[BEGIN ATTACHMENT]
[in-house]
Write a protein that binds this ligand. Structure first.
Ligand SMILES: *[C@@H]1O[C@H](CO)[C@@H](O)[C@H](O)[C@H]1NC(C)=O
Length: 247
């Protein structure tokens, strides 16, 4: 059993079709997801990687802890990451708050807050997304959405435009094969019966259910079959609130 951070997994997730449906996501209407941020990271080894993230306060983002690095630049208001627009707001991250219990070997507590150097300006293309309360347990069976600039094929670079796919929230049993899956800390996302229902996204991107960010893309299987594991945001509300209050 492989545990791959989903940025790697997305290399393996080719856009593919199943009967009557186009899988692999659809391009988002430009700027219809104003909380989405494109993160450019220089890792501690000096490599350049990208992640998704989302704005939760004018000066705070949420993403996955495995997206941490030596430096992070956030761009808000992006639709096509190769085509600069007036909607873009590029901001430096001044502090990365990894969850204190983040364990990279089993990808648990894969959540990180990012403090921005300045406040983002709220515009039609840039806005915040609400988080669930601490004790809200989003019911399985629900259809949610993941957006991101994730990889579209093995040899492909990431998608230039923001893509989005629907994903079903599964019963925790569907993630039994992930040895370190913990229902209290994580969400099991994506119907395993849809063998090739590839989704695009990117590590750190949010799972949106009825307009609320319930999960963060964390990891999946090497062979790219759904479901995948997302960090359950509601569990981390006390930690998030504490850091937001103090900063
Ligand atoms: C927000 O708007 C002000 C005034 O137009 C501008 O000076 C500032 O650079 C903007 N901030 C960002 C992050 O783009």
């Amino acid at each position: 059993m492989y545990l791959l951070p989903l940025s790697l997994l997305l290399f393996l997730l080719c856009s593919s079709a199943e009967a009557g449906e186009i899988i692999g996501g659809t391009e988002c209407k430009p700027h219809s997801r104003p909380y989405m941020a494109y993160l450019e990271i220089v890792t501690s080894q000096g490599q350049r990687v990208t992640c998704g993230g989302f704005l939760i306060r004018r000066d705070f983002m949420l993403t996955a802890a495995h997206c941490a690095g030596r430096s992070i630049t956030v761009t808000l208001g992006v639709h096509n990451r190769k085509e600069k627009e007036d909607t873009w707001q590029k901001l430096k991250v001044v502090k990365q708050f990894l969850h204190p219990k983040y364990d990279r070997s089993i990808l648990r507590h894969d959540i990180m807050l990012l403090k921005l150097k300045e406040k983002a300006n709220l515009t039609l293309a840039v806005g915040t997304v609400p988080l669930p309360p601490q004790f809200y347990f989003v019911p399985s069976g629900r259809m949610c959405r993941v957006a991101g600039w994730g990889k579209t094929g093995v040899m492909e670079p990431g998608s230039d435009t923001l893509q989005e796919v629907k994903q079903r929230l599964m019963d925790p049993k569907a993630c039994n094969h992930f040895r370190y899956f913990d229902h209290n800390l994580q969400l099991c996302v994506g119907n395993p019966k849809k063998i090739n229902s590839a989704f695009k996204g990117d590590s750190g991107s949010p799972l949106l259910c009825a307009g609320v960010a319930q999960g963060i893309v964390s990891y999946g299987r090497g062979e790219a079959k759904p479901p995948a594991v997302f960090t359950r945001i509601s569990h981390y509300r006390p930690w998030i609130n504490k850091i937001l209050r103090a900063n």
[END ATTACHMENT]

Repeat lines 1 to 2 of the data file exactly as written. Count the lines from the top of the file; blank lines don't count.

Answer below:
[in-house]
Write a protein that binds this ligand. Structure first.